Dogs’ “Teenage Brains” Evolved for Good Reasons






Dogs, like so many other nonhumans, go through a period called “wildhood.”

Reviewed by Gary Drevitch

“Moody, unpredictable and with an striking disregard for the rules, teenagers can be hard to handle. Now it turns out the same is true for adolescent dogs.” —Nicola Davis

“Like teenagers—whose bodies flood with hormones and whose brains are rewired during puberty—adolescent dogs can disregard and disobey their owners.” —Virginia Morell

“All animals need time, experiences, practice, and failure to become mature adults.” —”Astounding Connections Between Human and Animal Adolescents

I recently learned of an extremely interesting essay published in Biology Letters by Newcastle University’s Dr. Lucy Asher and her colleagues called “Teenage dogs? Evidence for adolescent-phase conflict behaviour and an association between attachment to humans and pubertal timing in the domestic dog.”This paper is available online, so here are a few snippets to whet your appetite for more.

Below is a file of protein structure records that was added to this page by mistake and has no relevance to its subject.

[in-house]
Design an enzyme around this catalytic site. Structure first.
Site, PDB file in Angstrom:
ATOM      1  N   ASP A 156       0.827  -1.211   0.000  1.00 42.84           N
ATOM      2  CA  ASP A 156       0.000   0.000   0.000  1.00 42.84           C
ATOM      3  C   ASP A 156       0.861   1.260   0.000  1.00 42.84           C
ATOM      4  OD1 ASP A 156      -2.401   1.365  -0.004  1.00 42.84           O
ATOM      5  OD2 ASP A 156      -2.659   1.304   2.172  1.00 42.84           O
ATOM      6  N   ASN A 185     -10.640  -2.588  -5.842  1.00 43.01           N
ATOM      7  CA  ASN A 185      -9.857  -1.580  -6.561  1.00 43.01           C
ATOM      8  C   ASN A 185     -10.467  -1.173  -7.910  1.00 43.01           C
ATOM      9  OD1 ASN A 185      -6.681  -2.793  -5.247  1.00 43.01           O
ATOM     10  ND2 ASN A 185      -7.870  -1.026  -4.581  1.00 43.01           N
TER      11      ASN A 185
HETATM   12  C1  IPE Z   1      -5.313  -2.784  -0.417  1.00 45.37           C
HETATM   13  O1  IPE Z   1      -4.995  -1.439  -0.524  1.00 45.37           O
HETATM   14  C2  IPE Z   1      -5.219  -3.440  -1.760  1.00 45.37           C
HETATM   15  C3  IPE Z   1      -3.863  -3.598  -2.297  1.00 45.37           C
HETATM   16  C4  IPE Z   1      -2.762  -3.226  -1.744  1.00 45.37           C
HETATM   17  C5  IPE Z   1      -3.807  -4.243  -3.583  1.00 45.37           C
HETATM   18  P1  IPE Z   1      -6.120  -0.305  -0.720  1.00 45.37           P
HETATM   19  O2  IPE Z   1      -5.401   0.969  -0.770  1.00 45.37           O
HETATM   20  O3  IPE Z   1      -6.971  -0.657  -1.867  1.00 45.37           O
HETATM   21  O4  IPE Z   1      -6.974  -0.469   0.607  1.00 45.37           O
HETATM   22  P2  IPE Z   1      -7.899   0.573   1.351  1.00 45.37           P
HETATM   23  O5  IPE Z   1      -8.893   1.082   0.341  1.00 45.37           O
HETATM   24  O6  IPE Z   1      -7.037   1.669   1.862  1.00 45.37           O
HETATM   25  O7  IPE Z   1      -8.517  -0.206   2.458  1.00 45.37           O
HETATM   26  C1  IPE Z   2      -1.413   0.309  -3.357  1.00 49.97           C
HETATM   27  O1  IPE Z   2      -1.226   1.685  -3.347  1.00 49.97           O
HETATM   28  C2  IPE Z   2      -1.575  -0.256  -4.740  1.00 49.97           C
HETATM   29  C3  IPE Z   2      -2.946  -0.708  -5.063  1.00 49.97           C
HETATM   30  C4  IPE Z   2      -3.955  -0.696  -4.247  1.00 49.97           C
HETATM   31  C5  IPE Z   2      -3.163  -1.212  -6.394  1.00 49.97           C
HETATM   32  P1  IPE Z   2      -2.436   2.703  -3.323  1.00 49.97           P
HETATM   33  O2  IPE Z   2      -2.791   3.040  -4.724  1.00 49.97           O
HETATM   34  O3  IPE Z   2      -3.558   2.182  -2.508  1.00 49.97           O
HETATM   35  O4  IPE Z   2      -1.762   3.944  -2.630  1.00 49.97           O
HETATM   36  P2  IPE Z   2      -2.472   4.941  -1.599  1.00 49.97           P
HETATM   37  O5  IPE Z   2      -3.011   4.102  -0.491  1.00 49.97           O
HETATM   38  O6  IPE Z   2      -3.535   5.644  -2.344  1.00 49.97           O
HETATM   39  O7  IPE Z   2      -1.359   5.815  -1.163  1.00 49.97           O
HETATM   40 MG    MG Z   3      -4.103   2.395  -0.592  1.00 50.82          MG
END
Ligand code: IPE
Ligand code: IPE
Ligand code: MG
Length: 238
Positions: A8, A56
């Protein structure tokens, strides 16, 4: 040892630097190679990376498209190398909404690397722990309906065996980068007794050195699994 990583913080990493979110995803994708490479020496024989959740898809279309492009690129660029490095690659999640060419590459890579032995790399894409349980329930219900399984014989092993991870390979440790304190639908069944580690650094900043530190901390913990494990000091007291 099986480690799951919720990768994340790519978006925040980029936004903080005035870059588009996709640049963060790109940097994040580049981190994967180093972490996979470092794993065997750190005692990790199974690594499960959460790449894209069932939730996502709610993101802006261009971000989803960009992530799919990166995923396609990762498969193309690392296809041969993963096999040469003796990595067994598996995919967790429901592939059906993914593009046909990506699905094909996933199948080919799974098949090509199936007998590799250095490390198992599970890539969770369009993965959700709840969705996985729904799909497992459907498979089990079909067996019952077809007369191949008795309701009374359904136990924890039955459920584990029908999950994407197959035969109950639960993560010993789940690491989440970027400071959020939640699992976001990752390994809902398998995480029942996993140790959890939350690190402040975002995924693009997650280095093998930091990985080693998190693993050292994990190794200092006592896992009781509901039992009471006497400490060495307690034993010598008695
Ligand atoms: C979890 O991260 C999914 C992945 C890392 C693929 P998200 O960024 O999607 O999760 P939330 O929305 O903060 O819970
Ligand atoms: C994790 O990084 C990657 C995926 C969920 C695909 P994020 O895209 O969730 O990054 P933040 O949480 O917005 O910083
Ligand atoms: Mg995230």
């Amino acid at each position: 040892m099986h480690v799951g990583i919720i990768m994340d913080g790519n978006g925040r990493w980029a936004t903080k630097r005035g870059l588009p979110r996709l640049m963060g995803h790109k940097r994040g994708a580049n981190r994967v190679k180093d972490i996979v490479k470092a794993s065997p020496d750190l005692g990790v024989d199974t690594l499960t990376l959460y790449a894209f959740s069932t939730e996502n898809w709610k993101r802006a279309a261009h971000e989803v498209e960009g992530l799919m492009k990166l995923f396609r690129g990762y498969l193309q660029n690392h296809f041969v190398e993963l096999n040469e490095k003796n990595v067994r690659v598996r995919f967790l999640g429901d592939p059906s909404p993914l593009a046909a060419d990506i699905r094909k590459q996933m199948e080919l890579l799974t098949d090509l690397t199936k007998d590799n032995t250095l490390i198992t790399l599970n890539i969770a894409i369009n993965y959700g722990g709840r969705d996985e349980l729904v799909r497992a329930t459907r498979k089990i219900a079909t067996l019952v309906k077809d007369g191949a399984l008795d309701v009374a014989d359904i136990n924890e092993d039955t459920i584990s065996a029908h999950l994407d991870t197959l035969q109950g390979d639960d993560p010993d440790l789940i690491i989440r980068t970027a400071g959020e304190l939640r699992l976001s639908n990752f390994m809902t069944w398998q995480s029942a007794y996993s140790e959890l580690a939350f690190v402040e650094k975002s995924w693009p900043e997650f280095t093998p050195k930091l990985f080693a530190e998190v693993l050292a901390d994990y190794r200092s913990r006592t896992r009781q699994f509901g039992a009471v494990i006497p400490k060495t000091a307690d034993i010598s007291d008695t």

Two excellent summaries can be found in Nicola Davis’ “Dogs endure emotional difficulties in puberty like humans, says study” and Virginia Morell’s “Dogs get difficult when they reach adolescence, just like human teenagers.” All of these pieces reminded me of a fascinating interview I conducted with Barbara Natterson-Horowitz and Kathryn Bowers, the authors of Wildhood: The Epic Journey from Adolescence to Adulthood in Humans and Other Animals. In their interview and in Wildhood, the authors stress how difficult adolescence can be in a wide range of nonhuman animals (animals), and how necessary it truly is. In this essay in addition to discussing research on dogs’ teenage brains, I take a different, evolutionary approach, to why teenage brains have survived for eons in diverse animals.